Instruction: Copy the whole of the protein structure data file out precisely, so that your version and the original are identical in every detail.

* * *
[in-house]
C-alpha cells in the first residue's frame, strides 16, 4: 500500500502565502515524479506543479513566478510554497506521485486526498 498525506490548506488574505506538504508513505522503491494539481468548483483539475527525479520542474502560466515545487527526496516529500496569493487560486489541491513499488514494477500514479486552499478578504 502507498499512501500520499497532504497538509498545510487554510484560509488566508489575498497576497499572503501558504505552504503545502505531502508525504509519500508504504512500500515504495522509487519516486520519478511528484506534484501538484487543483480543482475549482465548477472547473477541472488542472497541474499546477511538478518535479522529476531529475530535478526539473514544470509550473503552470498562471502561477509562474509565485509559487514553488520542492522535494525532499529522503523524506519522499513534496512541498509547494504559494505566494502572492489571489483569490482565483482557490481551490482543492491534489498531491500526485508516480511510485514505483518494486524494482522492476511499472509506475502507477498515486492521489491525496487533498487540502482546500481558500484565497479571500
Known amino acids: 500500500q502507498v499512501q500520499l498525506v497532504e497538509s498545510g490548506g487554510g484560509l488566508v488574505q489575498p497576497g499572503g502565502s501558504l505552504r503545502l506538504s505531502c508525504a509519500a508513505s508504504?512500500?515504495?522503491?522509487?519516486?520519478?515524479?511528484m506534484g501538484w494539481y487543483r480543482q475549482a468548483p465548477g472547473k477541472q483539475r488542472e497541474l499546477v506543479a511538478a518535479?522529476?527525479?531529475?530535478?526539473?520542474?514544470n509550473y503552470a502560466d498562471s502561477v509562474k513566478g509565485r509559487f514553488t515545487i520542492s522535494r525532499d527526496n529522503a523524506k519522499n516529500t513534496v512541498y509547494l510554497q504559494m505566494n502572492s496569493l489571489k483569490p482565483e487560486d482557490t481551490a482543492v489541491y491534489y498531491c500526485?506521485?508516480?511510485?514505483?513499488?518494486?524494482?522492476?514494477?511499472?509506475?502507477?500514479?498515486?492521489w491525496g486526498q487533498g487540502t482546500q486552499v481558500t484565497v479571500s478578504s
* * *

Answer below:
[in-house]
C-alpha cells in the first residue's frame, strides 16, 4: 500500500502565502515524479506543479513566478510554497506521485486526498 498525506490548506488574505506538504508513505522503491494539481468548483483539475527525479520542474502560466515545487527526496516529500496569493487560486489541491513499488514494477500514479486552499478578504 502507498499512501500520499497532504497538509498545510487554510484560509488566508489575498497576497499572503501558504505552504503545502505531502508525504509519500508504504512500500515504495522509487519516486520519478511528484506534484501538484487543483480543482475549482465548477472547473477541472488542472497541474499546477511538478518535479522529476531529475530535478526539473514544470509550473503552470498562471502561477509562474509565485509559487514553488520542492522535494525532499529522503523524506519522499513534496512541498509547494504559494505566494502572492489571489483569490482565483482557490481551490482543492491534489498531491500526485508516480511510485514505483518494486524494482522492476511499472509506475502507477498515486492521489491525496487533498487540502482546500481558500484565497479571500
Known amino acids: 500500500q502507498v499512501q500520499l498525506v497532504e497538509s498545510g490548506g487554510g484560509l488566508v488574505q489575498p497576497g499572503g502565502s501558504l505552504r503545502l506538504s505531502c508525504a509519500a508513505s508504504?512500500?515504495?522503491?522509487?519516486?520519478?515524479?511528484m506534484g501538484w494539481y487543483r480543482q475549482a468548483p465548477g472547473k477541472q483539475r488542472e497541474l499546477v506543479a511538478a518535479?522529476?527525479?531529475?530535478?526539473?520542474?514544470n509550473y503552470a502560466d498562471s502561477v509562474k513566478g509565485r509559487f514553488t515545487i520542492s522535494r525532499d527526496n529522503a523524506k519522499n516529500t513534496v512541498y509547494l510554497q504559494m505566494n502572492s496569493l489571489k483569490p482565483e487560486d482557490t481551490a482543492v489541491y491534489y498531491c500526485?506521485?508516480?511510485?514505483?513499488?518494486?524494482?522492476?514494477?511499472?509506475?502507477?500514479?498515486?492521489w491525496g486526498q487533498g487540502t482546500q486552499v481558500t484565497v479571500s478578504s